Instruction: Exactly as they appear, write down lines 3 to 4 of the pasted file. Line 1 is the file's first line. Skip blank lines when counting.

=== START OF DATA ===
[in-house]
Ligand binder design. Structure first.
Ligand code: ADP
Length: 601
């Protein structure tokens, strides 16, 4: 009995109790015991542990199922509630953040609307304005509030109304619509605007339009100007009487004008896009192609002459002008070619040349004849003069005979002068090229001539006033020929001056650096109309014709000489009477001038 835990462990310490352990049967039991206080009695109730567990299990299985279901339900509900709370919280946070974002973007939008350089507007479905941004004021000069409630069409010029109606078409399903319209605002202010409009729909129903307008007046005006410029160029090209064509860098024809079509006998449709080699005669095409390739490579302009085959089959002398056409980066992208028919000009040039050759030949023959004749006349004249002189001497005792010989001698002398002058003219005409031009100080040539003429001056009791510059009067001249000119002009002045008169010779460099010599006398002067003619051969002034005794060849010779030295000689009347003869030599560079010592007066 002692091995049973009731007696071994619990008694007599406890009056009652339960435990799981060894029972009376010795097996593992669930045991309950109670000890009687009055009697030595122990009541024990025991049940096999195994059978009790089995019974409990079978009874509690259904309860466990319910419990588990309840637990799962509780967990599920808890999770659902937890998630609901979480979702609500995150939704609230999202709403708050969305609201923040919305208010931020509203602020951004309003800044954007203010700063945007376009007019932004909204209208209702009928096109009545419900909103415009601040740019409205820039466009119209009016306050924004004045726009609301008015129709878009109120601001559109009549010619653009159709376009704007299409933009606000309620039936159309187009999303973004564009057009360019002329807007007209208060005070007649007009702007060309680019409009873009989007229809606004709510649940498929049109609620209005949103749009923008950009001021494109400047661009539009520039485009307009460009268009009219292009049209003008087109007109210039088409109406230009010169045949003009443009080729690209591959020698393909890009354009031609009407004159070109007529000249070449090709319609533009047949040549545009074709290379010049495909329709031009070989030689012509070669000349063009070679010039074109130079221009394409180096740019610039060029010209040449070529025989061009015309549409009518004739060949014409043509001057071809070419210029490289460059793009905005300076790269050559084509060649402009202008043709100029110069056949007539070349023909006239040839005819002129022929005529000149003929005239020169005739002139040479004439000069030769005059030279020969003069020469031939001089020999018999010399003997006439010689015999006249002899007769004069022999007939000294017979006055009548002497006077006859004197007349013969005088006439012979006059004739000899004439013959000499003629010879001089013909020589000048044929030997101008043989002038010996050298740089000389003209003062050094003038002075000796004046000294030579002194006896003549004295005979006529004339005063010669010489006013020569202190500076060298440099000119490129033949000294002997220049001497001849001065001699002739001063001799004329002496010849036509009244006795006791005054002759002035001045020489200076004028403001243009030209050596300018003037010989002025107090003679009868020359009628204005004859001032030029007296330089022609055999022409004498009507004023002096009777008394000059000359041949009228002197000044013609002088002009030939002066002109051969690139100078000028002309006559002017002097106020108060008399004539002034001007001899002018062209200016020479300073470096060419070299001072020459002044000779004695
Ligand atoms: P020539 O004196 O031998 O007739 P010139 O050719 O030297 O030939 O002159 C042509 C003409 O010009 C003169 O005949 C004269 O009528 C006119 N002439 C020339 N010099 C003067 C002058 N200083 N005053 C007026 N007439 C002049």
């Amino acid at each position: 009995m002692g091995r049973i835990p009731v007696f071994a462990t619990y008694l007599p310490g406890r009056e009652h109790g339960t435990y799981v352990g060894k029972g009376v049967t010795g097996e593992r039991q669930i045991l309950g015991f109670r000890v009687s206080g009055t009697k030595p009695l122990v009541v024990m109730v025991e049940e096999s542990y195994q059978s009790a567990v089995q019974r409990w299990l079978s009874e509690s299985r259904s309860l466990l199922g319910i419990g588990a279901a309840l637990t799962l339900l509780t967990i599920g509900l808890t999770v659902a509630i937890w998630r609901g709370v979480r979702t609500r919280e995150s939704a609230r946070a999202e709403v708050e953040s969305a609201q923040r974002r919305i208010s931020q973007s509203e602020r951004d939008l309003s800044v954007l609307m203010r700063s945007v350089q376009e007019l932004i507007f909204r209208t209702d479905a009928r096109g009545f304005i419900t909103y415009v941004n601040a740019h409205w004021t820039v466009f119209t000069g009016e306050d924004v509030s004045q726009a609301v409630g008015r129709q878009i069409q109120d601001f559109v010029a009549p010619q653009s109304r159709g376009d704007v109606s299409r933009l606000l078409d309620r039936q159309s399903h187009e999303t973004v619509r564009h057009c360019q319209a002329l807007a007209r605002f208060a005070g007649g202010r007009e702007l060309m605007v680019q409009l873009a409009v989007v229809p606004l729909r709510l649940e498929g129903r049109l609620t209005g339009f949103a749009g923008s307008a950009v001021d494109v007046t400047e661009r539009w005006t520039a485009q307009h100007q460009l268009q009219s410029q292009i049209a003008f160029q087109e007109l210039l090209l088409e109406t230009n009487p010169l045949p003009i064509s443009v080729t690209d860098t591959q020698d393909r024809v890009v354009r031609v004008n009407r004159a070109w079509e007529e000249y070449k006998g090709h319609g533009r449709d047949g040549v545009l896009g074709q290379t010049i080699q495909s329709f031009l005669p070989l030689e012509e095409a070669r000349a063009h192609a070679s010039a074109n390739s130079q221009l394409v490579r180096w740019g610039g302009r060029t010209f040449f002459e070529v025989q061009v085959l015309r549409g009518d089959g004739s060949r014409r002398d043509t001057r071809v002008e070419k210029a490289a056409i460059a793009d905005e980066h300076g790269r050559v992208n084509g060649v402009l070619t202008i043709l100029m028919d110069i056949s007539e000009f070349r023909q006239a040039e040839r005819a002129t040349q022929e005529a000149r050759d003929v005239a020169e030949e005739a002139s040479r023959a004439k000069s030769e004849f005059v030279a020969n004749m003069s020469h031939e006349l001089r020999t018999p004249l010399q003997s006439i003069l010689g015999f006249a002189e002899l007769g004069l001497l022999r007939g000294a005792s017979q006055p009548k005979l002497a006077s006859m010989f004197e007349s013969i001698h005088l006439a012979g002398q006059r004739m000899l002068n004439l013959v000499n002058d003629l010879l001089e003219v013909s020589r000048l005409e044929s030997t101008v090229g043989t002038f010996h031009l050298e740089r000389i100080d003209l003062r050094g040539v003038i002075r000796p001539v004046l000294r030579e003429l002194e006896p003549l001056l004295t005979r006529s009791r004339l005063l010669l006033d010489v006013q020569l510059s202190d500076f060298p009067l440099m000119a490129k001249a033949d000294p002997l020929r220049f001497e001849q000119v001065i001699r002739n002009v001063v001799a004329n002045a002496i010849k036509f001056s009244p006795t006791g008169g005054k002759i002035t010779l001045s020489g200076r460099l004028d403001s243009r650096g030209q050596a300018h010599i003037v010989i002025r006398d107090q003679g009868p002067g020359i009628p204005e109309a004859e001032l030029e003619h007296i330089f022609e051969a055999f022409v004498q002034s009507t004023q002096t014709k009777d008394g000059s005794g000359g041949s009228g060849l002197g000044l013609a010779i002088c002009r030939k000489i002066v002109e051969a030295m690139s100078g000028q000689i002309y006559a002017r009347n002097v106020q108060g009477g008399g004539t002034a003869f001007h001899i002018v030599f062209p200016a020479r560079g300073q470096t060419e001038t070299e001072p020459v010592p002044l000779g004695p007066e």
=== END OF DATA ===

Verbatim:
Ligand code: ADP
Length: 601